Other studios proved that targeted, low-key buzz-building can cultivate summertime blockbuster status for films lacking easy-to-market high concepts.
Cases in point: DreamWorks SKG's "Saving Private Ryan," Paramount Pictures' "The Truman Show," and Twentieth Century Fox Film Corp.'s "There's Something About Mary."
Although "Armageddon" may have been crass and manufactured, it delivered on what it promised: over-the-top spectacle.
"We never misled people and we were very true to the film," says John Cywinski, the former Burger King Corp. executive who was tapped to become president of Disney's Buena Vista Pictures Marketing. "When you meet expectations, your marketing is creative. When you don't, it's `hype.' "
CART BEFORE THE HORSE
The first trailers for "Godzilla" and "Armageddon" hit before the films were shot-always a risky strategy. Still, the campaign drove a massive opening weekend-the primary responsibility of movie marketing.
Sony's Bob Levin, president-worldwide marketing, who last year skillfully charted courses for Oscar-winner "As Good As It Gets" and teen film "I Know What You Did Last Summer," stands by the campaign. Mr. Levin is credited with pioneering a team-oriented, account management structure at Sony.
"The only thing `Godzilla' has cautioned me against is how early you put pressure in the marketplace, not how much," says Mr. Levin. "Also we were naive not to see how a tagline-in this case "Size does matter"-can be turned on its ear and used against us."
Paramount's "Deep Impact" earned praise for a highly efficient campaign that began with provocative outdoor teasers and hit a crescendo with a flurry of TV spots days before opening.
TOO MUCH TOO SOON
"The success and failure of a movie functions on how much you make the last week come together and make it feel fresh," says Arthur Cohen, a former Revlon VP who runs a close-knit team that operates outside the limelight.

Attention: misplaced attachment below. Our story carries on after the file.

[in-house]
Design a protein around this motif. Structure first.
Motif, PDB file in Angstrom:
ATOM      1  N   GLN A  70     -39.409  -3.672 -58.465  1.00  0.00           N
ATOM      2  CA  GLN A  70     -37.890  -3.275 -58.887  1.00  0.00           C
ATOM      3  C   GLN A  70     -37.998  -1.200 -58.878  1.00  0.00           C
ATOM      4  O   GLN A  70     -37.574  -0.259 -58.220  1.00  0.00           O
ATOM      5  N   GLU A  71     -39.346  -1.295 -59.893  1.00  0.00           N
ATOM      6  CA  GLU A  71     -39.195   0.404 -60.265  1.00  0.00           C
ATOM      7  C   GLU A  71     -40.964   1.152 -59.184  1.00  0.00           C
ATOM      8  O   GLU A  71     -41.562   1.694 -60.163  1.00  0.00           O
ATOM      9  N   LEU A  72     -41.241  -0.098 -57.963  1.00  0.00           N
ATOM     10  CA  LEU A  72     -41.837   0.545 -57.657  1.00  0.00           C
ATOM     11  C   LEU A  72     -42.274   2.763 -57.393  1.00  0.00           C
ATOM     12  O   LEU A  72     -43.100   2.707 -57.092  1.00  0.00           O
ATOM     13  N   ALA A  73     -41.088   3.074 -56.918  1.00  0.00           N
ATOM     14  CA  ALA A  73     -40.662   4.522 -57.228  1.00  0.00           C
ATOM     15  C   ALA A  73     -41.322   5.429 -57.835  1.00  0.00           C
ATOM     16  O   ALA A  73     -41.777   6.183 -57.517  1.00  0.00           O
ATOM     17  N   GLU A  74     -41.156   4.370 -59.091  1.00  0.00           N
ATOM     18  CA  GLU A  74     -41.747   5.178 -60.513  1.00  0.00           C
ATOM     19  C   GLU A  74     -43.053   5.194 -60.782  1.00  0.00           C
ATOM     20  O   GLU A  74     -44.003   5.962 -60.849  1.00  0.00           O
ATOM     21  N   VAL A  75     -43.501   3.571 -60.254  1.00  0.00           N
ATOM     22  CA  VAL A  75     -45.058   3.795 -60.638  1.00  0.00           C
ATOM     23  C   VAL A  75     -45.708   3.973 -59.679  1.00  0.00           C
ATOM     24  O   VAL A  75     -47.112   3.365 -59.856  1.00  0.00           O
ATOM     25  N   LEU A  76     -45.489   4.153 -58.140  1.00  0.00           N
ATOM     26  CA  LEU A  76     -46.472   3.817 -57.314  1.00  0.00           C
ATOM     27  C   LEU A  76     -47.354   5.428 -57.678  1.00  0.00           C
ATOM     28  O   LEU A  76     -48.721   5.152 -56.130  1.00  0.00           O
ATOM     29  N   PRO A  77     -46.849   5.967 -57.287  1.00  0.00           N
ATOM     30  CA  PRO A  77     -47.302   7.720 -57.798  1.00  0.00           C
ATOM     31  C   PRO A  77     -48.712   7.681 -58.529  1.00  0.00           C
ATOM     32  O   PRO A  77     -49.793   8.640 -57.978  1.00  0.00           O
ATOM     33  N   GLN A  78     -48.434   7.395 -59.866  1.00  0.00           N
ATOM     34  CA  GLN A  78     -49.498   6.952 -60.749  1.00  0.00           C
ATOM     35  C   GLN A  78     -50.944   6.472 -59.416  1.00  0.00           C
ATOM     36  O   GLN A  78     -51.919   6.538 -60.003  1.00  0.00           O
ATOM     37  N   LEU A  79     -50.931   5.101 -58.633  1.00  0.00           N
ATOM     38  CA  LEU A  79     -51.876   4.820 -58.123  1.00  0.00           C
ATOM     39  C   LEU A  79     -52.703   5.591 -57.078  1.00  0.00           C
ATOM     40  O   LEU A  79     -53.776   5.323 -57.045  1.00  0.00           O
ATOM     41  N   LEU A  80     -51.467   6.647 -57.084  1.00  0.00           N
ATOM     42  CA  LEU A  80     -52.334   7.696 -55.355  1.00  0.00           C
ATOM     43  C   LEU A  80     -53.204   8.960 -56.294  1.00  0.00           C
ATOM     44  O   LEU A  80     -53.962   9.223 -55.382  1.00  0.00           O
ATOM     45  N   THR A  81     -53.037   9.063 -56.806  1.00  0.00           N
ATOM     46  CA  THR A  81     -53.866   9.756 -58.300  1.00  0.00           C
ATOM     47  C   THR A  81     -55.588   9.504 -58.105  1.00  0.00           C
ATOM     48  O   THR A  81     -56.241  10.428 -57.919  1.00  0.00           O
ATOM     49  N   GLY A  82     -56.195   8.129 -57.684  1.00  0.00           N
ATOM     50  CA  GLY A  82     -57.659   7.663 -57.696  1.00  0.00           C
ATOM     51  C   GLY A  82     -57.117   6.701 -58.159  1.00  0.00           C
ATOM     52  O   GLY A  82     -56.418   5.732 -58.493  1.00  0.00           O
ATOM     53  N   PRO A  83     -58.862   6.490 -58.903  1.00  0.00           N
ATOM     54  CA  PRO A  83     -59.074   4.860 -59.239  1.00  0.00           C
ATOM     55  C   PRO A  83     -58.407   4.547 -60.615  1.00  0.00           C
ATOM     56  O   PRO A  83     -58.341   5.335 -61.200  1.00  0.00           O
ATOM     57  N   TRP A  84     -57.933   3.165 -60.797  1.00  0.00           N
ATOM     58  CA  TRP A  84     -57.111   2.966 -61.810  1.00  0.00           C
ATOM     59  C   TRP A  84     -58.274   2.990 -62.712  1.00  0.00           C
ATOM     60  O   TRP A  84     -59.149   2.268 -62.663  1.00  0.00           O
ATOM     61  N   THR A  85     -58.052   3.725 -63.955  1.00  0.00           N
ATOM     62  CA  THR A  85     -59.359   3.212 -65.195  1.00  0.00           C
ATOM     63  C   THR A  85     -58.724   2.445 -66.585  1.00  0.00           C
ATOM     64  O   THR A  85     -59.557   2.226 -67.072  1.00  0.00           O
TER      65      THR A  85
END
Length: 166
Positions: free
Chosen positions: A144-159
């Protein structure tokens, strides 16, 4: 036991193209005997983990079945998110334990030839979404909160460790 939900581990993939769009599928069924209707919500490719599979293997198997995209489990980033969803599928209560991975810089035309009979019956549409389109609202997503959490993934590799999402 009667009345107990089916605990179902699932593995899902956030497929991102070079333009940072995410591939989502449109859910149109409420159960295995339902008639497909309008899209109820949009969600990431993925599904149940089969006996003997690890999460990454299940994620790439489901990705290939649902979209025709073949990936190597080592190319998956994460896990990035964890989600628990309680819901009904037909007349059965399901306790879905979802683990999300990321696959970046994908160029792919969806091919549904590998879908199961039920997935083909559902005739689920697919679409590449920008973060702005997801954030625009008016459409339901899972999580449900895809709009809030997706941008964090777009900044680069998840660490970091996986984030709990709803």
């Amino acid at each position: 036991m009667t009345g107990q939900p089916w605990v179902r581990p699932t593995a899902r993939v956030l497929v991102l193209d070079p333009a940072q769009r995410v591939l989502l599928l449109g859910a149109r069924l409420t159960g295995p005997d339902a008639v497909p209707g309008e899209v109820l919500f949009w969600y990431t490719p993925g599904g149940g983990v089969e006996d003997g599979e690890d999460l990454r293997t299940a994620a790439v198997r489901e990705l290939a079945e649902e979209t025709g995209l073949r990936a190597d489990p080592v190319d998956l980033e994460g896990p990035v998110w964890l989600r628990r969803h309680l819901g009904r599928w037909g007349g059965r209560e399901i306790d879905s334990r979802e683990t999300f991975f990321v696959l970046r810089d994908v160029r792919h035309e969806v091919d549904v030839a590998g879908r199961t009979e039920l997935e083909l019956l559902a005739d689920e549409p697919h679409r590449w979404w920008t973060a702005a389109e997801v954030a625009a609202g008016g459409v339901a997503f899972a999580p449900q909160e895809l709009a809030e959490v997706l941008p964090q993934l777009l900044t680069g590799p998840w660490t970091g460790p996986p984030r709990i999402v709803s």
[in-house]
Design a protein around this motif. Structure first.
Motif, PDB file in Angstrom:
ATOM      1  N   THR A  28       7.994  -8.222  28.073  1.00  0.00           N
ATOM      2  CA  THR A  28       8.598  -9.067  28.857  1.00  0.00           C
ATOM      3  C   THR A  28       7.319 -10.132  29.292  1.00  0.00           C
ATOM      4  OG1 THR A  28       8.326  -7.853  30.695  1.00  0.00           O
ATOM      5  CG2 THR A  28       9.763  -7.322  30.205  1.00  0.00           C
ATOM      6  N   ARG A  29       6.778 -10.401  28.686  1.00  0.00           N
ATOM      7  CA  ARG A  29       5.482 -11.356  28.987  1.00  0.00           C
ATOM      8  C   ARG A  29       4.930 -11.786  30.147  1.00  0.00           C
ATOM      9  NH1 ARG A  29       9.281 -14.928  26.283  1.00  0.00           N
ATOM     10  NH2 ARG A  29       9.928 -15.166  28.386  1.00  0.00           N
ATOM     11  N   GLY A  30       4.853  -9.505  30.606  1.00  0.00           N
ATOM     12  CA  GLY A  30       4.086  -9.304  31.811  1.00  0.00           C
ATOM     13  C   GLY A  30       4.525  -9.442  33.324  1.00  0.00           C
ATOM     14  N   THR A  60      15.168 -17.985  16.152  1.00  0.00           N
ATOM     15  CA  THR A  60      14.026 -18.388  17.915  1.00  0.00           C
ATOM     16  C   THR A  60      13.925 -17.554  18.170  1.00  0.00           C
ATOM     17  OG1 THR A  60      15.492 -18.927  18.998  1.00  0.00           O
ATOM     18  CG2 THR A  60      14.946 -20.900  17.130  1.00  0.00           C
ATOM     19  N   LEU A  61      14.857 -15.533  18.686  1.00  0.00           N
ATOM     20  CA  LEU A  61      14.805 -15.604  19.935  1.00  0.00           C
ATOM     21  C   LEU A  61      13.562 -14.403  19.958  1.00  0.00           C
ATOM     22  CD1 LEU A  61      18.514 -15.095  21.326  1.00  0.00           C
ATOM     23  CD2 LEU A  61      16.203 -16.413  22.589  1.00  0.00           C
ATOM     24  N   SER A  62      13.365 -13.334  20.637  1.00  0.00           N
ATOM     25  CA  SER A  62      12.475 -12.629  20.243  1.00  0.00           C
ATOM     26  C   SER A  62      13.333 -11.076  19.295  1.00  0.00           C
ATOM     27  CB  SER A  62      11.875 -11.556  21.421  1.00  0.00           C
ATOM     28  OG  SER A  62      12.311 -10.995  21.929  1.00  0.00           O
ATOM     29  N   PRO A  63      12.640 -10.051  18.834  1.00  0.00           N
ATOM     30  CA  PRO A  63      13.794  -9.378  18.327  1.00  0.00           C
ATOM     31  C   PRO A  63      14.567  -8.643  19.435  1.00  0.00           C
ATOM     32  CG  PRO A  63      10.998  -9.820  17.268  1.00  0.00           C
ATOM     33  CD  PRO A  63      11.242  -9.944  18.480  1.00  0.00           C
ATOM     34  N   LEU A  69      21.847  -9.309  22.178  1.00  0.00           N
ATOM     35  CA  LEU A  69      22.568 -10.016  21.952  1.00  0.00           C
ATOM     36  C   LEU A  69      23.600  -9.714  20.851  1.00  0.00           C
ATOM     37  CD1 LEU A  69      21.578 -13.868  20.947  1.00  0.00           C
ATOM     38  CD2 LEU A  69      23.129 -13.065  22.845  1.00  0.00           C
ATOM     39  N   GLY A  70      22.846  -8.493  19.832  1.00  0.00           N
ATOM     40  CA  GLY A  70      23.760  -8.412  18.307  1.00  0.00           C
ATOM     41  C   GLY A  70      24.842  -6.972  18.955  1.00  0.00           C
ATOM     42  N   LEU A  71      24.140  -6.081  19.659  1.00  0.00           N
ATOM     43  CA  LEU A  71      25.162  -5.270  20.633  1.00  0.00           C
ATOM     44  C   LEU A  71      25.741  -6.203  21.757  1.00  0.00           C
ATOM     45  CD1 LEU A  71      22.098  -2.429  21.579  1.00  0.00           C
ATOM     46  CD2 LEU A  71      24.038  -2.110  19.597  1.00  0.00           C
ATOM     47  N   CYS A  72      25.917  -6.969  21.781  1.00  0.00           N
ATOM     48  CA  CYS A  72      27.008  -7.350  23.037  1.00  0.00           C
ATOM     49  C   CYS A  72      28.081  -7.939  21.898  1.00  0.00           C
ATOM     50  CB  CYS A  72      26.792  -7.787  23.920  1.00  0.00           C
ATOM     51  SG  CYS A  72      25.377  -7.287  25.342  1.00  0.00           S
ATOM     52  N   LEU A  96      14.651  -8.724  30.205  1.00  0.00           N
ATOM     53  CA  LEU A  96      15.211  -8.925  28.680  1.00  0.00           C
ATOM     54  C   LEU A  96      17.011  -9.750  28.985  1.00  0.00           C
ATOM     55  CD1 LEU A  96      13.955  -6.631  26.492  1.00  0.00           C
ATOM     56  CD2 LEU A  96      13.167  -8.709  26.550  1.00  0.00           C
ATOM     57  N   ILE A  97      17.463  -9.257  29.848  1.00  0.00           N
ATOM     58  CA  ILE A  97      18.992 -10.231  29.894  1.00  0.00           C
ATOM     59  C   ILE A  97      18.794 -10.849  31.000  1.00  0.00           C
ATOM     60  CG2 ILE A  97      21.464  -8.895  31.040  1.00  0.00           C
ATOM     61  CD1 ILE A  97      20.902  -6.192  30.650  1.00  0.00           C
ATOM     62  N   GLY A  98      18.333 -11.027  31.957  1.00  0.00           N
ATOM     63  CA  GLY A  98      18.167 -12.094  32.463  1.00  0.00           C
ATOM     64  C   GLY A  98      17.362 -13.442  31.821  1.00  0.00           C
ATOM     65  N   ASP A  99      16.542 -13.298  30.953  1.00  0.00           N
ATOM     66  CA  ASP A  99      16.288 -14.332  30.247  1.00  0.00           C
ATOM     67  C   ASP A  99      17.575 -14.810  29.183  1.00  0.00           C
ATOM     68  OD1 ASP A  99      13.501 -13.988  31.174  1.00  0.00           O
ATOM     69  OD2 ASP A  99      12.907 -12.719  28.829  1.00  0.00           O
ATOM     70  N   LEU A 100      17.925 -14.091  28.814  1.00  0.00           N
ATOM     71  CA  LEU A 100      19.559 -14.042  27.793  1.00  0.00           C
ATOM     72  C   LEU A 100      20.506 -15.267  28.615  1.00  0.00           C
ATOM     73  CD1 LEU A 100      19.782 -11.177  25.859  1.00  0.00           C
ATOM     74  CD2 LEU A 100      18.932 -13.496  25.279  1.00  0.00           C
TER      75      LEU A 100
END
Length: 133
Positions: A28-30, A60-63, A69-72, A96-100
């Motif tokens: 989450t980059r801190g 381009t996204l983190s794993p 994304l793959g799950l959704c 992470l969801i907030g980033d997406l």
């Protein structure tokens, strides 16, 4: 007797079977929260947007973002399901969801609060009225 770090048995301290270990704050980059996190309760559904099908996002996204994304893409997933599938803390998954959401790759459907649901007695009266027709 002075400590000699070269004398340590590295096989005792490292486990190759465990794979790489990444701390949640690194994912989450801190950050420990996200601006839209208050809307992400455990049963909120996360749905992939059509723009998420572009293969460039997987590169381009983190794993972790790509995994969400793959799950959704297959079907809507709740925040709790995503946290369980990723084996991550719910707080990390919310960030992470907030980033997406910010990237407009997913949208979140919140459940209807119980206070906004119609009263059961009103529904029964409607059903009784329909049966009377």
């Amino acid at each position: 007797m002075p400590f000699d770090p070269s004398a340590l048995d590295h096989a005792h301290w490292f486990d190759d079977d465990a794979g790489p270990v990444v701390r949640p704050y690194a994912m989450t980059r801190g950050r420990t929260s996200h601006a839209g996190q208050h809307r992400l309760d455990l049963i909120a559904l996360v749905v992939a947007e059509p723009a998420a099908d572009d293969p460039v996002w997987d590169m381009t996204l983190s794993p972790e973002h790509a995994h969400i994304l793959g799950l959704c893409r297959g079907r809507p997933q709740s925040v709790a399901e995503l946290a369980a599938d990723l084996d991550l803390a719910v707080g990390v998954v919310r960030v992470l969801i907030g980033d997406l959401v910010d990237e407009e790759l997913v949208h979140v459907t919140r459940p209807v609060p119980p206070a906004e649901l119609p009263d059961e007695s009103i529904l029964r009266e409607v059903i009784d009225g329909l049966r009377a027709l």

Mr. Cohen, who is closing in on 10 years as the well-respected leader of Paramount's marketing, notes: "You can waste money promoting too early."
"When you're hullabaloo is bigger than your movie, you can have a problem," says Terry Press, head of marketing at DreamWorks. "You have to protect the film's integrity, and maybe even sacrifice some box office for the long-term viability of the franchise," she says.
Stark, subtle ads created awareness for "Ryan" in a hyped summer; star power and adulation drove ticket sales. A targeted approach didn't yield a blockbuster-opening for the "Small Soldiers," but didn't embarrass the studio when bad mediocre reviews kept audiences away.
Fox scored unexpected hits with "Mary" and the Cinderella-remake "Ever After" by zeroing in on the films' respective
target audiences via ads and sneak previews and letting the word of mouth bubble out.
ONE SIZE DOESN'T FIT ALL
Bob Harper, a longtime Fox marketing vet who once tried his hand at filmmaking and scored with "Rookie of the Year,"
echoes others when he says that one size doesn't fit all.
The targeted approach "works most effectively for extremely good movies," says Mr. Harper. "For defining movies like
`Mary,' marketing of course needs to create awareness and set expectation but ultimately stay out of the way."
Title: Head of Marketing
Ad Budget: $85 million
Agencies: Focus Media; GSD&M
Power play: After aggressive, clever efforts for so-so films, DreamWorks cut through hype with subdued, somber ads for "Saving Private Ryan." Strategic buzz-building efforts didn't work for "Small Soldiers" but may pay off for "Antz" and "Prince of Egypt." Years on list: One.
U.S. budget:$273 million
Agency: McCann-Erickson Worldwide
Power play: Created Hollywood's most-criticized campaign of the year for "Godzilla." A remarkable effort for an unremarkable movie, the "Godzilla" campaign nonetheless is the catalyst for an anti-hype trend. Years on list: Two.
Walt Disney Co.'s Buena Vista Pictures Marketing
U.S. budget: $406 million
Agency: Western International Media
Power play: Hollywood has doubts about the staying power of outsiders recruited to marketing posts. After nearly two years, the former Burger King marketing exec is still in the picture. The push for "Armageddon" poured more fuel on the fiery "hype/no hype" debate. Years on list: Two.
Twentieth Century Fox Film Corp.
U.S. budget: $212 million
Agency: J. Walter Thompson USA
Power play: Mr. Harper's team has impressed the industry by opening niche ethnic films such as "Soul Food" and "How Stella Got Her Groove Back." His team marketed "Dr. Dolittle" and "There's Something About Mary" in the past year. Years on list: Three.
Ad budget: $23
Power play: "Deep Impact" made a bigger impact on consumers than expected, with a traditional campaign that hit consumers without over-reaching. Ads and publicity push for "The Truman Show" made a mainstream hit out of heady art film material. And, then there's "Titanic." Years on list: One.